Author of "Turned Wrong at Ding Dong."
Really fing funny!
This one ranks among ".. Corduroy and Denim" and "Me Talk Pretty One Day."
Listening to Sedaris narrate his own stories is as pleasant and true as listening to Tina Fey at "Bossypants" and Jennifer Lawson at "Let's Pretend..."
I am a big fan of Sedaris. This book is less biting as previous ones, but no less hilarious.
Hysterical, sharp, witty
He has some of the best timing!
I always find David Sedaris to have a unique perspective on life. Even when he is cruel he is funny.
Entertainment business executive, love to listen to audio books as I traverse the LA freeway system.
Enjoyed that each chapter was its own story or essay. David gives a well timed 'performance' or reading that I thoroughly enjoyed.
Less negative stories about his father. I get it, I get it, he was a jerk that could care less about David - however the 5th time I have to hear about some related story that his father was so terrible honestly got annoying. It became a cheap running joke and I found myself fast forwarding past any story involving the relationship with this father.
No - not meant for that format.
Not overtly funny, subtle and relaxing like an NPR broadcast (I love NPR by the way). Not quite enough meat to merit a $ book.
No real standout moment, an average life told with subtle humor. The standard suburban kid story. Not funnier or more eventful than your average life. I expected more from a published autobiography. He takes average experiences and retells them without adding much additional humor. Its mildly amusing.
The narration, like the story, was uneventful. Not bad, not great. Told in the stereotypical even cadence and tone of a Saturday Night Live NPR skit.
I didn't know much about Mr Sedaris, I bought the book because of the best seller status (mistake I know) and its classification as humor/bio a genre I like. I feel I got a full taste but found nothing worthy of a book.
Its not bad, not great. He seems like a nice man and there is some humor there. Its not a terribly emotional story or narration. The story is better in snippets versus a marathon listen. Its decent enough to listen to in the car if you are driving at a time when NPR isn't broadcasting talk. If you drive during mornings and afternoons, save your money and listen to NPR, you will get the same experience for free.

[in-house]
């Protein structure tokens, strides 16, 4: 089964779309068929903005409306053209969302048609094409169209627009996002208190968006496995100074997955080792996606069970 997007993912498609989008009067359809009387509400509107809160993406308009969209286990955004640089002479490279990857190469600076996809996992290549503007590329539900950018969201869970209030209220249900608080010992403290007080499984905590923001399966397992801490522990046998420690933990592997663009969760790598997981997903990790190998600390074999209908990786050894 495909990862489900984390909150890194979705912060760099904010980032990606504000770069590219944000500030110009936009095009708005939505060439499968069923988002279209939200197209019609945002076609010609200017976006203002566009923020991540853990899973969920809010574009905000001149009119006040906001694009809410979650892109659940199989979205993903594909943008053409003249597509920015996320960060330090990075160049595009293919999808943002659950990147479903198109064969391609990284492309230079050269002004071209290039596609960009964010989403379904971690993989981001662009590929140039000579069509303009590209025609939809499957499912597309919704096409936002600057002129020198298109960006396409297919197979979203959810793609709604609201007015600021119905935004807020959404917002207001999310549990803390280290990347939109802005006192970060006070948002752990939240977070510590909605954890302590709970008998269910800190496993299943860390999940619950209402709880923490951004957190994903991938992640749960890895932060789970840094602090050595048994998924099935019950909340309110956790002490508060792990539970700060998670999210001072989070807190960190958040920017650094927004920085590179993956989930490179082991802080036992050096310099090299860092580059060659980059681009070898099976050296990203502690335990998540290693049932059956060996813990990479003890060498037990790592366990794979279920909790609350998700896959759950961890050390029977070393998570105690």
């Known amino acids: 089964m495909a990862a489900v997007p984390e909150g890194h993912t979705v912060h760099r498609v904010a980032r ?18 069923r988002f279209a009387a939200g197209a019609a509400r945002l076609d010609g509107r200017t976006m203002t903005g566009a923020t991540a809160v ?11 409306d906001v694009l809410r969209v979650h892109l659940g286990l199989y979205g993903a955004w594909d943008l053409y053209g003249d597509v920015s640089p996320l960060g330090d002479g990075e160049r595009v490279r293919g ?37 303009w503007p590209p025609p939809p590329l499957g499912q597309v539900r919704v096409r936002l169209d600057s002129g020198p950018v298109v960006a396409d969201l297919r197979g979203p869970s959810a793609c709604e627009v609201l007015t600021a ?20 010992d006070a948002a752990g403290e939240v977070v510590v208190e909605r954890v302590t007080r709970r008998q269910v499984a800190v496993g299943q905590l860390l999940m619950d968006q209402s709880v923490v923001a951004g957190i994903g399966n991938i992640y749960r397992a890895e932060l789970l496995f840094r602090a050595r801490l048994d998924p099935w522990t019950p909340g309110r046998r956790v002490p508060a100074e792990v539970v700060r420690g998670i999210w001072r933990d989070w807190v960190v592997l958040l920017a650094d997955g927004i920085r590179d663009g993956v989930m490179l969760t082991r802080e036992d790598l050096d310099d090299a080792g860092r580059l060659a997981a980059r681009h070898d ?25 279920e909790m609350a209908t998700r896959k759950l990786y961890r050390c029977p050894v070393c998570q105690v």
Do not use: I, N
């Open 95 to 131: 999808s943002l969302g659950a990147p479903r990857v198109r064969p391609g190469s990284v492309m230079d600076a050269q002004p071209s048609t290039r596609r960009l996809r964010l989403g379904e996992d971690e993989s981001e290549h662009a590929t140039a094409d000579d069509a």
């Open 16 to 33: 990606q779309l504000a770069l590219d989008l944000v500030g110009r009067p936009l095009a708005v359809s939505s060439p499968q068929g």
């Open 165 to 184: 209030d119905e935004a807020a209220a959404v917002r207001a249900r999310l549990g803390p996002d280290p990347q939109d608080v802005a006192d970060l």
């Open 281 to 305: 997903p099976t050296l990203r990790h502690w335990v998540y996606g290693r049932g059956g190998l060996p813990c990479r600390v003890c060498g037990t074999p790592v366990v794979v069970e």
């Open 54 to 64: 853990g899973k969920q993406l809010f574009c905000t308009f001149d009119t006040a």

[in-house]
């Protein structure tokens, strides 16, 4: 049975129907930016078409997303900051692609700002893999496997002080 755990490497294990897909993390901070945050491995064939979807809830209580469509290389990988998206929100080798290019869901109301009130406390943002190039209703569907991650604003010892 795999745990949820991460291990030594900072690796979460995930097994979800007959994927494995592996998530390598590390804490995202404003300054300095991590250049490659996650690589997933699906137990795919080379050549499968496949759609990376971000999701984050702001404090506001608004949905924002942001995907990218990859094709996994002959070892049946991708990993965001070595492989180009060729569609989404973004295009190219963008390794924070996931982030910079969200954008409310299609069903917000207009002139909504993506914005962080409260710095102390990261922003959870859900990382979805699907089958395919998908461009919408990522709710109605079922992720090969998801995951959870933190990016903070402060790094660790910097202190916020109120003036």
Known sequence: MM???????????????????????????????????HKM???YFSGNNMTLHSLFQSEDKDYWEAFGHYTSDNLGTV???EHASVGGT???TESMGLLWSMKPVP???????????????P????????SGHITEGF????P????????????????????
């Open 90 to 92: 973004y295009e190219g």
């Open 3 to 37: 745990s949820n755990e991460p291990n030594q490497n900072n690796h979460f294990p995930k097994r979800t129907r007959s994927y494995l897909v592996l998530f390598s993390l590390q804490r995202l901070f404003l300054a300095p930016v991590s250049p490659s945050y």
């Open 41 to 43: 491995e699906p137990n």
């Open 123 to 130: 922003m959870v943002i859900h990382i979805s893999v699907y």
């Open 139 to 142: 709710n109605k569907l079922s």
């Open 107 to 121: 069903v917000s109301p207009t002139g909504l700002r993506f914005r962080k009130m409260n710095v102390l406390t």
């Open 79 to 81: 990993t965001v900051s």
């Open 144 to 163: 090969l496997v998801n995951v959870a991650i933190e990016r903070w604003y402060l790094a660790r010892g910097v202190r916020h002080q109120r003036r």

It's one of David Sedaris' best books. It reminds me of his earlier work, like Me Talk Pretty One Day. Funny, touching and well presented.
The Dog Poems are hilarious, and the first story is a lovely combination of his fine humor and his love for a twist in the story line.
Yes, and it's up there with his best.
Mr Sedaris show the abnormal in normal daily life. Examining his thoughts and bring us a delight to read. Otra!
If you're already a Sedaris fan, this book will not disappoint you. I find myself thinking about certain stories months after finishing it because they deal with pretty universal issues. Others, I think, "when will I ever reside in the French countryside?" Those stories are still funny, but they have a veneer of white, upper-middle class privilege keeping most of us from relating to stories about how cool he is and how quirky his family.
Let's Explore Diabetes with Owls is typical David Sedaris - which I think is great. I think the short, distinct stories make it easy to start and stop. That being said, I listened to it on a solo car ride, and I felt like the changing themes kept me engaged.
I have heard some of David Sedaris's other performances. This is just as good as the others.
The once-funny Sedaris has become a bitter, mean-spirited old man.
Early Sedaris books are much better